System Intrusion

System Intrusion happens in an early phase of a cyber attack (Figure 1). It usually starts after attackers have collected enough data about the target and assembled tactics for their attack. The aim is to get initial access to the target. Detecting a cyber attack in this early stage is crucial to prevent increasing damage down the kill chain. The MITRE ATT&CK framework lists several attack techniques that can be detected during this phase, Phishing being one of them [1]. This Social Engineering attack is currently of the most common technique to gather credentials for direct access to systems, or to deploy malware for remote access. Other attack techniques include the exploit of public facing applications, and supply chain compromise.

Figure 1: The phases of a cyber attack (cyber killchain)

Intrusion Detection

Intrusion detection systems (IDS) are used to detect attacks against a computer system or network at this early stage of the cyber killchain. To detect intrusion attempts, network traffic or hosts in the network are monitored for unusual traffic or suspicious activity. Possible incidents are identified, logged and alerts are raised. MITRE lists more than 20 attack techniques that can be mitigated by identifying them in this stage [2].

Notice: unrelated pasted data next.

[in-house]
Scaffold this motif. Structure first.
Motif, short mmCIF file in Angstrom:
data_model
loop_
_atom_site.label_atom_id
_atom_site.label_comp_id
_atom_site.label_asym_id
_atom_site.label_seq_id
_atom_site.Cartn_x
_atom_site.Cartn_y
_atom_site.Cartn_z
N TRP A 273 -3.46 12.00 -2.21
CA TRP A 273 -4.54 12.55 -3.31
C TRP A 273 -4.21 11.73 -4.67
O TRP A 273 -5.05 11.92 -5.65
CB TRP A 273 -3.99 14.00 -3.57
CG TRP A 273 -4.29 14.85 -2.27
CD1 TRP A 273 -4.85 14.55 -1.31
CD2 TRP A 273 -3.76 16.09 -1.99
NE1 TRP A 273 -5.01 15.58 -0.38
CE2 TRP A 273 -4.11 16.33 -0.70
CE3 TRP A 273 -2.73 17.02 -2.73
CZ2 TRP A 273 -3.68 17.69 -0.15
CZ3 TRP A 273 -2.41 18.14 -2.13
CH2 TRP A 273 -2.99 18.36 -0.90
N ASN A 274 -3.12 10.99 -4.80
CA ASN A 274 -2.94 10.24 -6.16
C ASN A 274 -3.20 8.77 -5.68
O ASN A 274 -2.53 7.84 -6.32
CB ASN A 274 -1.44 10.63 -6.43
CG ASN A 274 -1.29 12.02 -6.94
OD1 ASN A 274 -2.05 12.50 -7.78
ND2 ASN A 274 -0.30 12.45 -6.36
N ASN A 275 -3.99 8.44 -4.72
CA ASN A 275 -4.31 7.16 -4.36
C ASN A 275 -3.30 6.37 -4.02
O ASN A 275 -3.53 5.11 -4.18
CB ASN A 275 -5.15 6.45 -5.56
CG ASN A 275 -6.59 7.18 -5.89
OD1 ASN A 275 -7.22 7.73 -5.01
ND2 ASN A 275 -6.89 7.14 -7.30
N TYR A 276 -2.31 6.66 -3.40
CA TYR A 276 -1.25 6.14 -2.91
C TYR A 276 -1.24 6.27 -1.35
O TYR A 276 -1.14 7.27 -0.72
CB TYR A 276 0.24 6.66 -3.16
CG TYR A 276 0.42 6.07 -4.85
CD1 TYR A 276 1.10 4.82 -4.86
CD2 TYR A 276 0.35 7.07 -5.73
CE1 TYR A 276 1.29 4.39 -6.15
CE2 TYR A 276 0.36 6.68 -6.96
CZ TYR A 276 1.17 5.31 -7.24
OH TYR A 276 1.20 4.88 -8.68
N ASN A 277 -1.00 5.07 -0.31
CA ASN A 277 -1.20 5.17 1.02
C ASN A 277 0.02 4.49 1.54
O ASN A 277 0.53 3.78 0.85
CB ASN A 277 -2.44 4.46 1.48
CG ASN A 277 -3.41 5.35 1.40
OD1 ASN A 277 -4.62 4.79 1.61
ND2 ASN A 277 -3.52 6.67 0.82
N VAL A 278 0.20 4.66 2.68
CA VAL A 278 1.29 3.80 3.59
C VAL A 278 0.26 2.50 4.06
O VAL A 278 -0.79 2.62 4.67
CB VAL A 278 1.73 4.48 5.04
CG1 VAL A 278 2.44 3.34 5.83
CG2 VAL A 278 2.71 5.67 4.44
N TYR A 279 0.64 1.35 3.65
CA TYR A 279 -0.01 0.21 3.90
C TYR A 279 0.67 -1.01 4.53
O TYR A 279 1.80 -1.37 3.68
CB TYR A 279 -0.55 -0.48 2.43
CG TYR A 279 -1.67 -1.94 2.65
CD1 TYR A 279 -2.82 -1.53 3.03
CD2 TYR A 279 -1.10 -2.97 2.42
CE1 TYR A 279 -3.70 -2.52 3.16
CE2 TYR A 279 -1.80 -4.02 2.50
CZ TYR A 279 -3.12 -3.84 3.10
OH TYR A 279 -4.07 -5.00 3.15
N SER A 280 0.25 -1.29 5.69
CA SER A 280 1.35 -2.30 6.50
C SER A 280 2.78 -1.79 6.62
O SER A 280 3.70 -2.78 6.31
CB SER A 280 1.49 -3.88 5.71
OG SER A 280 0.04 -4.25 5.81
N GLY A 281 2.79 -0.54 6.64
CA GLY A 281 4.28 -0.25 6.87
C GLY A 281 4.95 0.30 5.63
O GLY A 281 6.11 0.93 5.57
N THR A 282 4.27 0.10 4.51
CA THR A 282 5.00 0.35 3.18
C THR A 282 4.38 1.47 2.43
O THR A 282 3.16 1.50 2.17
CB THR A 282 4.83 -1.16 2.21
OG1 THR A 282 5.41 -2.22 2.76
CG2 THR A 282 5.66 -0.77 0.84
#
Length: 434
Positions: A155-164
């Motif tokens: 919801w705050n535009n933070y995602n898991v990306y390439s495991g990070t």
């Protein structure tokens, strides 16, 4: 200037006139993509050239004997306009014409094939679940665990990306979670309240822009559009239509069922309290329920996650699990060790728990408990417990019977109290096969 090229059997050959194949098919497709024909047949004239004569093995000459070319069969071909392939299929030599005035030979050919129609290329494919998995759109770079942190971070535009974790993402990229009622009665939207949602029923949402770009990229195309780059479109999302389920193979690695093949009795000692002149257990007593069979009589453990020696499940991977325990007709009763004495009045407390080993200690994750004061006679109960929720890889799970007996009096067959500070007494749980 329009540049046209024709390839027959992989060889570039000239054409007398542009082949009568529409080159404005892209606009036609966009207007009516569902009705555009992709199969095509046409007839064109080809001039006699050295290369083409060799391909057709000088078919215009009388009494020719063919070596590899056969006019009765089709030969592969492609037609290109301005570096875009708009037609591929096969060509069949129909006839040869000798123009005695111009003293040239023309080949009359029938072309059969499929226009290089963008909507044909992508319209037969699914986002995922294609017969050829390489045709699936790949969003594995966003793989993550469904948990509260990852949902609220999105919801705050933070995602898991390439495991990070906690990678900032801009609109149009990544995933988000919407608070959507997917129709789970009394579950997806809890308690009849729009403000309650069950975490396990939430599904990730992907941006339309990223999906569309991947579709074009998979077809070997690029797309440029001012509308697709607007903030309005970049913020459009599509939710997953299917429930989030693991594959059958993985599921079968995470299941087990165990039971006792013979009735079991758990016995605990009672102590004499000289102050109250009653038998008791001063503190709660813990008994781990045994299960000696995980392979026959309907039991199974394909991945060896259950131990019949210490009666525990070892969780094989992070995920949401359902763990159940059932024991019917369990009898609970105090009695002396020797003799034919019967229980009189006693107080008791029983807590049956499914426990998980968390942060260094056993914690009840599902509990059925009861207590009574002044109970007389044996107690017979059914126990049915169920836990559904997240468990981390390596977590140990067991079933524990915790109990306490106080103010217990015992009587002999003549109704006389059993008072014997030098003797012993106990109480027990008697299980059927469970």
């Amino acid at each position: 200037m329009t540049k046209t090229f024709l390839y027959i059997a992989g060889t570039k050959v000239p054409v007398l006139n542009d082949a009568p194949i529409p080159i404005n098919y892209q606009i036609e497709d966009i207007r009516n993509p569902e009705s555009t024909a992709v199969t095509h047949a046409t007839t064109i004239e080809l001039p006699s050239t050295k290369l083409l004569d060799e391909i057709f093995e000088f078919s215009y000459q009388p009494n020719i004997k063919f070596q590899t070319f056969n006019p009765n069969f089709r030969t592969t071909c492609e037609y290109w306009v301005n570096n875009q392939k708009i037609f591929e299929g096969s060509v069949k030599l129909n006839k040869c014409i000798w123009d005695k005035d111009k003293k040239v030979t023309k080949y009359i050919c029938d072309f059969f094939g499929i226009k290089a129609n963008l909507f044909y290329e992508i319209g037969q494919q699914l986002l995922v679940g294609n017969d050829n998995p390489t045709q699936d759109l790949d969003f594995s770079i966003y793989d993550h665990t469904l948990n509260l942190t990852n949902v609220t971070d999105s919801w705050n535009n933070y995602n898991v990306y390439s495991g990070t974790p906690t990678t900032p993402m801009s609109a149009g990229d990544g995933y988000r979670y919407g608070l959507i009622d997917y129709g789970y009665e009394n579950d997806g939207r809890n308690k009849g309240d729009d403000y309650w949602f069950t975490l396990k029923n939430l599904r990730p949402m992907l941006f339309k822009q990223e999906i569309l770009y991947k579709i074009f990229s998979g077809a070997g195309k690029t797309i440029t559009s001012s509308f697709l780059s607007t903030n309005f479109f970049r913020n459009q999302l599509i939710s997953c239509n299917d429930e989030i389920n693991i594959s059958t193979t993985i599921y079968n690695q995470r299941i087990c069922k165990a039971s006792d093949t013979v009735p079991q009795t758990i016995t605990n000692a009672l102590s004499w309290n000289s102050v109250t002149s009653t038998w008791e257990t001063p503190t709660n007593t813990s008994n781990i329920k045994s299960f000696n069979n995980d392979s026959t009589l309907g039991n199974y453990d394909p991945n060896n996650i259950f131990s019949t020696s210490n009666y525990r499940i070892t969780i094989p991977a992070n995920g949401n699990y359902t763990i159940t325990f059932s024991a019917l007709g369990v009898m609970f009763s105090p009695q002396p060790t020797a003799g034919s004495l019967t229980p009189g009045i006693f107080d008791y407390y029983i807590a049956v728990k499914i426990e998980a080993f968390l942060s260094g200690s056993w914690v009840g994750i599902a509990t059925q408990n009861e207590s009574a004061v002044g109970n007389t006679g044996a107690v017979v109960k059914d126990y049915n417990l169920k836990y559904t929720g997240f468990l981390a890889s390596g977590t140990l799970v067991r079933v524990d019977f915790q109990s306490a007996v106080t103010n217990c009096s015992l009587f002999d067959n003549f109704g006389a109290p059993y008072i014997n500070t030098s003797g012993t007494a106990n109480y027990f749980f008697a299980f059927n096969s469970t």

Intrusion detection differentiates mainly between host and network-based approaches. However, both approaches are usually combined in a hybrid way. Host-based approaches monitor log files, system activity, and system data in a centralized or distributed way. Network-based systems inspect the IP packages of network traffic.

Intrusion Prevention

While IDS are rather passive systems, Intrusion Prevention Systems (IPS) go one step further and automatically initiate prevention measures once a possible incident is identified.


IDS and IPS only protect your organization when they are well aligned with people, processes, and other technologies. Check if your organization is well equipped to detect cyber attacks at an early stage and prevent further damage:

  • Are your IDS and IPS protected by special security measures?
  • Are your IDS or IPS customized to monitor network and system activity properly?
  • Are your IDS and IPS tested to effectively detect known threats?
  • Are your IDS and IPS learning new attack patterns automatically?
  • Do your IDS and IPS log and alert suspicious activity?

Need help to make the best of your IDS and IPS? Contact us for more information.